Thursday, May 12, 2016

The Girl From The Paradise Ballroom: A Book Review

There's nothing to see here, move along
I usually don't look at the author bio when I'm reading a book. Where that person comes from, or what's been done in the past, is not important, as long as I am captivated by the writing or the plot.

Soon after cracking open THE GIRL FROM THE PARADISE BALLROOM, however, I had to find out what compelled someone at Broadway Books (a division of Crown, one of the Random Penguins) to buy the manuscript.

Ah, yes. There it is. Alison Love has had short stories published. Therefore, she must be a writer who can capture a reader's interest.

A novel is not a short story. And in THE GIRL FROM THE PARADISE BALLROOM, it's evident. The chapters read like short stories, disconnected to each other, and maybe things will fall into place later in the novel. I've given up reading after twelve chapters. I have found the book too boring to continue.

The main characters of Antonio and Olivia brush up against each other early, but then their lives run off on different trajectories as the novel focuses on their experiences quite apart from each other. Those experiences are not all that exciting, given the stereotypical nature of Antonio's Italian immigrant family with its hackneyed interpersonal conflicts. As for Olivia, she meets and marries a wealty gentleman and if you can believe that a dance hall hostess recovering from an abortion could end up well placed, you're better at suspending disbelief than me.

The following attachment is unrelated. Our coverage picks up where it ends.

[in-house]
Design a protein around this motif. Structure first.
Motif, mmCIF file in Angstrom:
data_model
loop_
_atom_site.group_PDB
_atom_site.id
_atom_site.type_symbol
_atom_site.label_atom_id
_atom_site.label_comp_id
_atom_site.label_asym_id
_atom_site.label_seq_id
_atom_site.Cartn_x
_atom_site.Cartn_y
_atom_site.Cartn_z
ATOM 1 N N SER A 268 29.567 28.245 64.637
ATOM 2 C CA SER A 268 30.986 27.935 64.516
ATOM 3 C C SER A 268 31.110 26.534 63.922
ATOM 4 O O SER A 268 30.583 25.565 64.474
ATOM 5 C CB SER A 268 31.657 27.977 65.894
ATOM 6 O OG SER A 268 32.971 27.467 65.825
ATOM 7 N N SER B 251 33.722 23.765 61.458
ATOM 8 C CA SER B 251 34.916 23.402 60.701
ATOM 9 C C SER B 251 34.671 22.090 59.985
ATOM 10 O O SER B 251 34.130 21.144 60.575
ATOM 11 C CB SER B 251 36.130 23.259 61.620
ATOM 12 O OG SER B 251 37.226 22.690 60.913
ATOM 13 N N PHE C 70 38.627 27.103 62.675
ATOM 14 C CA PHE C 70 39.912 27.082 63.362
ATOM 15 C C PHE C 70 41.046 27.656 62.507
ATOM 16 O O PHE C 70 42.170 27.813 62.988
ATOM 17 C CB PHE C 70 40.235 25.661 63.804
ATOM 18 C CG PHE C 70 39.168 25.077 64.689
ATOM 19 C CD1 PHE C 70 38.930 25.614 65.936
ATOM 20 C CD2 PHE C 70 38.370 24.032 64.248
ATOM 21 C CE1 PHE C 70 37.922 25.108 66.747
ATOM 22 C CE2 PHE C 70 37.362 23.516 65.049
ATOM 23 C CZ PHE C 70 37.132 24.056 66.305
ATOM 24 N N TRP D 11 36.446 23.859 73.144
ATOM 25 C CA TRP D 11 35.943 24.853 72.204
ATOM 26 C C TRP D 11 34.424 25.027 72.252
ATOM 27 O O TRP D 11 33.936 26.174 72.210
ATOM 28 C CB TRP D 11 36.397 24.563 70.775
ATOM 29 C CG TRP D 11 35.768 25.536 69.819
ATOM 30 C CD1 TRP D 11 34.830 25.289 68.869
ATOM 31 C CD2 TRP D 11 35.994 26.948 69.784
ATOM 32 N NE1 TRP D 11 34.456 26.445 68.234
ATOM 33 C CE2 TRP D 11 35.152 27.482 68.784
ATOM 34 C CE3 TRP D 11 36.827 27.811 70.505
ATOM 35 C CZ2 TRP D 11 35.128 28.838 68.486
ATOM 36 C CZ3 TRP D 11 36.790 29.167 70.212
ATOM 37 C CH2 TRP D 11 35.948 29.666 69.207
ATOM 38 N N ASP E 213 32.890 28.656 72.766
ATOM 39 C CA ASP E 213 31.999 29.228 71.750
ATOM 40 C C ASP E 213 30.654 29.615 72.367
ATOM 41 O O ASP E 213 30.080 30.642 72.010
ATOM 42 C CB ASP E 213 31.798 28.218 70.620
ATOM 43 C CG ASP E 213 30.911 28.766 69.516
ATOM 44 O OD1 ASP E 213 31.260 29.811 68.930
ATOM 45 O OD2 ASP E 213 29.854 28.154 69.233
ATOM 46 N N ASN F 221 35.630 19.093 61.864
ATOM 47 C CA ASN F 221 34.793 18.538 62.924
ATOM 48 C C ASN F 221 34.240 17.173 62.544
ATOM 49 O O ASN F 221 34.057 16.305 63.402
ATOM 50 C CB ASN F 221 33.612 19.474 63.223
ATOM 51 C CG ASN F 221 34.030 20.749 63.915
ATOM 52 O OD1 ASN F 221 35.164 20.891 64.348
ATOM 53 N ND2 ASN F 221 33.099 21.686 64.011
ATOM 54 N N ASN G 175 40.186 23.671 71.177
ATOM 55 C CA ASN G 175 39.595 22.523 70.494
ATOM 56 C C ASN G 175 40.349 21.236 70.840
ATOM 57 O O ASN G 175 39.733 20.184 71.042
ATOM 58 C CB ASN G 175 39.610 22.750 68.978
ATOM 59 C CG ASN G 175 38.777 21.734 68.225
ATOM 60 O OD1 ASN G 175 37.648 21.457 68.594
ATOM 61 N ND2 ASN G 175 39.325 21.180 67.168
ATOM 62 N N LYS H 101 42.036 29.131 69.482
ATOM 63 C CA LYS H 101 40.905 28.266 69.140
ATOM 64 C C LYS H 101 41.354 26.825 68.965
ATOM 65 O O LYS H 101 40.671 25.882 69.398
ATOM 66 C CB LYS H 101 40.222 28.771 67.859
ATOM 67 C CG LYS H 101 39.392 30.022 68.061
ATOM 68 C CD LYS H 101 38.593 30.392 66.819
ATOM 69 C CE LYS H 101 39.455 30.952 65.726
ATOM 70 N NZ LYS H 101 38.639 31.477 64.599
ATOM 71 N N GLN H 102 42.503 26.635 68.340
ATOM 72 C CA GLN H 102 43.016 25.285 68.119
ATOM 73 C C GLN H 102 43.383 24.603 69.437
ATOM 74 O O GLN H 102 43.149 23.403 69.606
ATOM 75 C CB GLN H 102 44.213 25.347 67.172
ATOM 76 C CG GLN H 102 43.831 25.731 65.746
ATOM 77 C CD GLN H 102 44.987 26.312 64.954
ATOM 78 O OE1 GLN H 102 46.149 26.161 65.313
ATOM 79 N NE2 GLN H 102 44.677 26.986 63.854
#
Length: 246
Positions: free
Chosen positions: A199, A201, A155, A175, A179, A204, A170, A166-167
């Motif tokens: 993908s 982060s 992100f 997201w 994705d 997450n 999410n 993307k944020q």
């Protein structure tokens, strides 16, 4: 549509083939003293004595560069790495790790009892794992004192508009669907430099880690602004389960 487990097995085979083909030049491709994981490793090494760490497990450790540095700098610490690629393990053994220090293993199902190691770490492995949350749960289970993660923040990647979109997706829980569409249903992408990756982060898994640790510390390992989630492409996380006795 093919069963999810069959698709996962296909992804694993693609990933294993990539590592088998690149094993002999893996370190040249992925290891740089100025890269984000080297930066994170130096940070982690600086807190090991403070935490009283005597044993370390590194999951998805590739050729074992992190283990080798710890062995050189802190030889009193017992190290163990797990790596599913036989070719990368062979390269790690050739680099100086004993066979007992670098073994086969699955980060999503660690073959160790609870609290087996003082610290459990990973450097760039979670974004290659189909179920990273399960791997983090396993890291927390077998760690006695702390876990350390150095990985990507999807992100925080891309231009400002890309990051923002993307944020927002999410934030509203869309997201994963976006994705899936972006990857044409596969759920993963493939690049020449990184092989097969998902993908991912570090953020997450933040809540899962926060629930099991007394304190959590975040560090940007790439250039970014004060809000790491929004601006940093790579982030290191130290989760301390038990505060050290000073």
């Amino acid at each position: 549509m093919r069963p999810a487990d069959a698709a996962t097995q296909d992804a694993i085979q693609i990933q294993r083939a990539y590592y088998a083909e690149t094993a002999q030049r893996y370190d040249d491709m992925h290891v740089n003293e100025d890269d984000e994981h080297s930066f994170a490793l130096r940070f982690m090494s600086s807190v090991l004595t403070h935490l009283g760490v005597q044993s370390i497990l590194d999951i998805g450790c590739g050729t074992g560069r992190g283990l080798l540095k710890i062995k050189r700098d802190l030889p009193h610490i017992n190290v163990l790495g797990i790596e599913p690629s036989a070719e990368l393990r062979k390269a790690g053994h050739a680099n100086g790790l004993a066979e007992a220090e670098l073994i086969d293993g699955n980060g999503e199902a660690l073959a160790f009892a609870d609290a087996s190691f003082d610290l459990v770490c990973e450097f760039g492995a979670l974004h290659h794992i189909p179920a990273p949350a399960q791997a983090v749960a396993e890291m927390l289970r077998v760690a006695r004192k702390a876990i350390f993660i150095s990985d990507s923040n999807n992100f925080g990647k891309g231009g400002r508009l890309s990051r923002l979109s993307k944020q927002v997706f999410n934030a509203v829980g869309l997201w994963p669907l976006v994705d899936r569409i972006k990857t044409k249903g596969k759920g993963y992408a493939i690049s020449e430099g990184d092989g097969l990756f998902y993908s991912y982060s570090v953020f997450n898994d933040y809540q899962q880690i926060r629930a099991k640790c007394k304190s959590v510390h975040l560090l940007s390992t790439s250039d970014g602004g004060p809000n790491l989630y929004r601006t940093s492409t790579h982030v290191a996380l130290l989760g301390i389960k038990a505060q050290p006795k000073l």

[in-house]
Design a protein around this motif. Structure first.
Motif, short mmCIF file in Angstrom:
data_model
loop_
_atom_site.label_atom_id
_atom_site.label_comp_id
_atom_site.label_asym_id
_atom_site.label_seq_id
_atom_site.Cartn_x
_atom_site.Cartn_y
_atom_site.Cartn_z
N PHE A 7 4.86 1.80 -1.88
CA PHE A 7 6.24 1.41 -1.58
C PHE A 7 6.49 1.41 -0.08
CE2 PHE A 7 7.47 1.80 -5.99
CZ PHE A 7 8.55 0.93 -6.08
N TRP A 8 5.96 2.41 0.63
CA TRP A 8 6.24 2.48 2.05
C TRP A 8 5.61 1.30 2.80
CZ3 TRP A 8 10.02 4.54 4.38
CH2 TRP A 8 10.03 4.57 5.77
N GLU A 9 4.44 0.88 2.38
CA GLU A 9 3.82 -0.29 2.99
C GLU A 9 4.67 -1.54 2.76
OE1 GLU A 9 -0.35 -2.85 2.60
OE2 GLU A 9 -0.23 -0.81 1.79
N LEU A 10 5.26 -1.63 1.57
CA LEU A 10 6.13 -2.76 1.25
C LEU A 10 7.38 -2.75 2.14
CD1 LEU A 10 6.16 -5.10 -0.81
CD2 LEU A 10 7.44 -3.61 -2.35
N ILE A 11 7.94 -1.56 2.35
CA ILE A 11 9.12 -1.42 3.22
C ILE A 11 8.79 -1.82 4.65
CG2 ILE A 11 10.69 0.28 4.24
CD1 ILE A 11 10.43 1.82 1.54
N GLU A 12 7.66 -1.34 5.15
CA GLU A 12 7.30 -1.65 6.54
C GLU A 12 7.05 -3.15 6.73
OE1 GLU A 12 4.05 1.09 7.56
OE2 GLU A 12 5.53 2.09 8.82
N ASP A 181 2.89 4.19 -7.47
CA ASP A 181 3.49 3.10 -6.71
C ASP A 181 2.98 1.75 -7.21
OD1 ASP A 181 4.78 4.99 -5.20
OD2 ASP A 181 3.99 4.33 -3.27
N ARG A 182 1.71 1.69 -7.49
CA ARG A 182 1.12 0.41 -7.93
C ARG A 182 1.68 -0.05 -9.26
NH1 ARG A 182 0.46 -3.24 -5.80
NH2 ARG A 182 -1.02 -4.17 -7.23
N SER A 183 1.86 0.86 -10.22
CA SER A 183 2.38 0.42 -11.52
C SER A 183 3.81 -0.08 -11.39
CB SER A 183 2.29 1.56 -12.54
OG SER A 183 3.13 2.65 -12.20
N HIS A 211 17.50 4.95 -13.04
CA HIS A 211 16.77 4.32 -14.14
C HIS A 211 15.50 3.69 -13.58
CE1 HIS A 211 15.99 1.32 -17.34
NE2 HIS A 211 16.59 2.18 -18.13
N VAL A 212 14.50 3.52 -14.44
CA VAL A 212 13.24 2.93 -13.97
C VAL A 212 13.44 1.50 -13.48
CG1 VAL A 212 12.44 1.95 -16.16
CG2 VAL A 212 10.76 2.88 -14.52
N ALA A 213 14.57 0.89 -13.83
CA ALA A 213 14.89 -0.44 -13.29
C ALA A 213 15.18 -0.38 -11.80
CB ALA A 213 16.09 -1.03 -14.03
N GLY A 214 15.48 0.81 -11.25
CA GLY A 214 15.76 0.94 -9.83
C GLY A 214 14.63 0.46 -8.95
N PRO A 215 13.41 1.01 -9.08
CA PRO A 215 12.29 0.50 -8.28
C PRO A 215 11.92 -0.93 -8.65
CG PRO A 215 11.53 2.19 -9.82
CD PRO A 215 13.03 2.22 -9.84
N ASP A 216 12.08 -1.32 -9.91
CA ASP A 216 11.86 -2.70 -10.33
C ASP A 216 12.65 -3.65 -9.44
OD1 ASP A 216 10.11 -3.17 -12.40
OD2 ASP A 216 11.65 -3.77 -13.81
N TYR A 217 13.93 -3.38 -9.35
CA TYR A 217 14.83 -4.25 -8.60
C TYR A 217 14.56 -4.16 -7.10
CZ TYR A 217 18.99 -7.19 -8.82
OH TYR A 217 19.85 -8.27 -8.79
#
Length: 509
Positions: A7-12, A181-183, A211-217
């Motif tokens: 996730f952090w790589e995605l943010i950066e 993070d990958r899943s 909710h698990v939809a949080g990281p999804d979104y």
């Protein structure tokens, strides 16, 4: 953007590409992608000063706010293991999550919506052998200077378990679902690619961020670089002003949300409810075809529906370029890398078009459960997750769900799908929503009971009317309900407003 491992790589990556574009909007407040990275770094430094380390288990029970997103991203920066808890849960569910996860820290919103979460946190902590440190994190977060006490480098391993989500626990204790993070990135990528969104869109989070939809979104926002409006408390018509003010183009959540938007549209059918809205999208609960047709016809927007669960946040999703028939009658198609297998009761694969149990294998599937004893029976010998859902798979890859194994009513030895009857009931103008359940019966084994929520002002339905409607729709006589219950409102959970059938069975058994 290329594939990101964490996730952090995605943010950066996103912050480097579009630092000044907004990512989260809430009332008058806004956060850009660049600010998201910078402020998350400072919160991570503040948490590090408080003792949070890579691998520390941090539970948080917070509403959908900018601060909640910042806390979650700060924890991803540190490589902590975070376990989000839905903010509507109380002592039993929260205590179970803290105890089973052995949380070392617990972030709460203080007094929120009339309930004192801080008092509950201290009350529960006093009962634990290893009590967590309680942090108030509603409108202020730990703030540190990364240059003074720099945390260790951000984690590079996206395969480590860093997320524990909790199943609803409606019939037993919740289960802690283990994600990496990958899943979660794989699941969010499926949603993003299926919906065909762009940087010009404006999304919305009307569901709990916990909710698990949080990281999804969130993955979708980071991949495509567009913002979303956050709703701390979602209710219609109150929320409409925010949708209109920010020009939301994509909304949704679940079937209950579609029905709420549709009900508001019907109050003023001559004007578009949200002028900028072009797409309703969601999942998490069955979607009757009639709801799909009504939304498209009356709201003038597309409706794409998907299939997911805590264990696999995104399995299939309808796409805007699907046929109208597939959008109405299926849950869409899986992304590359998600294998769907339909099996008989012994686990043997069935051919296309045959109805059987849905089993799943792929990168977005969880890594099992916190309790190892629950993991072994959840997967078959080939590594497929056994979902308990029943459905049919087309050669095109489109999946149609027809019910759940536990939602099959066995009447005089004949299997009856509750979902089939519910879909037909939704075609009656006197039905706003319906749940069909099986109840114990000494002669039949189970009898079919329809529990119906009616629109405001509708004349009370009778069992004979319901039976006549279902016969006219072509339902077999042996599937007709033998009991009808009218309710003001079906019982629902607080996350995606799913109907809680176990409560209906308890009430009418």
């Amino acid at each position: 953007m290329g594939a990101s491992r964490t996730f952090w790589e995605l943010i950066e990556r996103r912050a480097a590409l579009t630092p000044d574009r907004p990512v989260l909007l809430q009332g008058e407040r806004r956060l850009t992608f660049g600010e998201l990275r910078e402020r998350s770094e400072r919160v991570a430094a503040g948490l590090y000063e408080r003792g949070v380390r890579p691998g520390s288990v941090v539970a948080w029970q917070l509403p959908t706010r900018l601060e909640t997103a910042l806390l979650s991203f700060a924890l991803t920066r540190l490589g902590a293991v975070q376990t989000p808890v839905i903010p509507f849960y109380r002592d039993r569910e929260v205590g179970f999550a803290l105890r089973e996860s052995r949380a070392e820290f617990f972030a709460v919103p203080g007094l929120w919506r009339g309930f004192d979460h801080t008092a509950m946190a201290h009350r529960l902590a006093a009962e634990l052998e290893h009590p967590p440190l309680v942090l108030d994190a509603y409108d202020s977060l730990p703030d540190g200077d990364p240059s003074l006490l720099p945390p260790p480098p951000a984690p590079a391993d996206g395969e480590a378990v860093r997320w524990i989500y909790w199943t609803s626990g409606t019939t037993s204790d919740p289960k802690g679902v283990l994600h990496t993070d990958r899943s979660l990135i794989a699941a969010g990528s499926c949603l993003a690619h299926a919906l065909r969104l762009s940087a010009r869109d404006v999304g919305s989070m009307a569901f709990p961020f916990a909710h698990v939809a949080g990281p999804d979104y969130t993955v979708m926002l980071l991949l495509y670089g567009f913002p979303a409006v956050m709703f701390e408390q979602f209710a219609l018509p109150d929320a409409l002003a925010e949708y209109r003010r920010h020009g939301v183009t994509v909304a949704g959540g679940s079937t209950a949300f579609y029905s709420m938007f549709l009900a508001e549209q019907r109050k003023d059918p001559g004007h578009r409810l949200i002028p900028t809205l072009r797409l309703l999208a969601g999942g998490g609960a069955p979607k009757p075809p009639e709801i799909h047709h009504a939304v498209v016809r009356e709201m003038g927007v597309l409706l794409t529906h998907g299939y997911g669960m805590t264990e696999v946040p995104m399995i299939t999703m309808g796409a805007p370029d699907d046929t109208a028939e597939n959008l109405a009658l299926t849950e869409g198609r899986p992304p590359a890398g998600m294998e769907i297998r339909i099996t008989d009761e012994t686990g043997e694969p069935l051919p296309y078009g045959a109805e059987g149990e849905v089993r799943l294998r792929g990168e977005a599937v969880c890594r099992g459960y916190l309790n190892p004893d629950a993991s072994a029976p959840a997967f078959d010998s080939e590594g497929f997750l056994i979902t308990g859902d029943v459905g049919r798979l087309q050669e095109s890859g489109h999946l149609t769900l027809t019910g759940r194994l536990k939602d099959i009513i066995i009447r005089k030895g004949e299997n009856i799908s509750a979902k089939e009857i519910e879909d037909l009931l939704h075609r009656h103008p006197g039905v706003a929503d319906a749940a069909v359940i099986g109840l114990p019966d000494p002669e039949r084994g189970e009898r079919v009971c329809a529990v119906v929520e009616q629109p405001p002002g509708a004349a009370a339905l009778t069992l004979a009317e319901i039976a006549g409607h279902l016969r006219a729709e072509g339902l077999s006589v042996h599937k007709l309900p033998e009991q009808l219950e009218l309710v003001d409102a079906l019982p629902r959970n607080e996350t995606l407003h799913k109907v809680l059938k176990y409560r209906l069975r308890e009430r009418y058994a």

The book opens with a prologue that's designed to pique interest, but the pages that follow do not maintain whatever curiosity is aroused. A story about Italian immigrants in London in the tumultuous years just before the first shots of World War II were fired should have some element of tension, but the only tension in the first 94 pages has nothing to do with that theme but falls back on ordinary family conflict. Even the presence of a pro-Mussolini social club agitating for fascism doesn't provide the power needed to drive the narrative forward. Too often the tension is teased but then the author pulls back to provide another glimpse into the life of Antonio or Olivia and the mood is lost.

The premise of the novel does not meet the execution, making for a disappointing experience. I tried to push on but my eyes kept closing, lulled to sleep by a plodding pace with no action.

Thanks to Blogging For Books for the copy, which I will donate to the library's used book fundraiser. Someone will enjoy it, I'm sure, but this one is not for me.

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